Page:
(HealthDay News) — One in five U.S. military service members are obese, according to a study published in the July issue of Obesity.

Toni Rush, M.P.H., of the San Diego State University, and colleagues analyzed data compiled on 42,200 current and former military personnel from 2001 to 2008.

The researchers found that 25 percent of participants were of normal weight in 2007/2008. Obesity affected 32 percent of veterans and 20 percent of active service members, rates that doubled over the seven-year period. Those who were obese were significantly more likely to be male, older, less educated, in the Army or Navy, and no longer in the military. The researchers also found that obesity among active-duty personnel as well as veterans is associated with depression, posttraumatic stress disorder, and other mental health issues. Hypertension, diabetes, and sleep apnea were also much more common among the obese participants.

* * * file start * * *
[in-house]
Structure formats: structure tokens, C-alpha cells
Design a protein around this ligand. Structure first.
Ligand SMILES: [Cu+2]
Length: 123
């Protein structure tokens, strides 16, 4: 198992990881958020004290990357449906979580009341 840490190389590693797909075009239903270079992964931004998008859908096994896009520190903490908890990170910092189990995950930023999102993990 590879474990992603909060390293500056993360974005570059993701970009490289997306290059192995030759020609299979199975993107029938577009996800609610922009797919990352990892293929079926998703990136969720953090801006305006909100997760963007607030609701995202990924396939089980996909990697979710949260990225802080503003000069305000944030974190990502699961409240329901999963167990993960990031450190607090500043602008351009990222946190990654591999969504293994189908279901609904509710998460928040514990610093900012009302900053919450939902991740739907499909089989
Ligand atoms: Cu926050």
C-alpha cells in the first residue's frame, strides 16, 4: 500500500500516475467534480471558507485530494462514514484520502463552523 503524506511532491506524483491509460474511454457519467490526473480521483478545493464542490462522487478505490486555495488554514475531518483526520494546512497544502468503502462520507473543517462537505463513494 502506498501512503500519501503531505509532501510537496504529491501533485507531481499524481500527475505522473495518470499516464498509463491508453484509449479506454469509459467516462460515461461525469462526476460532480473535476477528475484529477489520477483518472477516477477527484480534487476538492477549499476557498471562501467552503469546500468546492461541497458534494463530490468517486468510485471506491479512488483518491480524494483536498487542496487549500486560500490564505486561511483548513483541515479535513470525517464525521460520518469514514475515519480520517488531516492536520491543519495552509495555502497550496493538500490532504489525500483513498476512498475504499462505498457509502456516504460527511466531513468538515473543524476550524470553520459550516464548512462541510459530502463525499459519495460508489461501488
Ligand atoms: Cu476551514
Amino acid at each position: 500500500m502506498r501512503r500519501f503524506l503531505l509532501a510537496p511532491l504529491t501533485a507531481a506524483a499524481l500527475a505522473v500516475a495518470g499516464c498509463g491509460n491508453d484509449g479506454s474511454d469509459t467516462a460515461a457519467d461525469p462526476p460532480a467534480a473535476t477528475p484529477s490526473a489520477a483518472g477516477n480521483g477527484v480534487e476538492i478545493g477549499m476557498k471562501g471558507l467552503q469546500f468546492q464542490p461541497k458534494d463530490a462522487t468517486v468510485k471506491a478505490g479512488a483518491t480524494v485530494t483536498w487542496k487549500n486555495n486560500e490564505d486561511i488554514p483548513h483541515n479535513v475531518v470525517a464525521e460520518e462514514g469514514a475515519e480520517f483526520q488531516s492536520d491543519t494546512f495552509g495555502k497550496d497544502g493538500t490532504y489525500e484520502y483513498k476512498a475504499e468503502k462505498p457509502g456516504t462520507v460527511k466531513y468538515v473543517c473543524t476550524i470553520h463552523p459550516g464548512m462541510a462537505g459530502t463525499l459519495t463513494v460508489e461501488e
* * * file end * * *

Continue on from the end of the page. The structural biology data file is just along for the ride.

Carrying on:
“These findings indicate an urgent need to enhance strategies for preventing and reducing excess weight gain within the military and veteran populations,” the authors write. “Such strategies should aim to ensure a fit military force and promote health after military service.”

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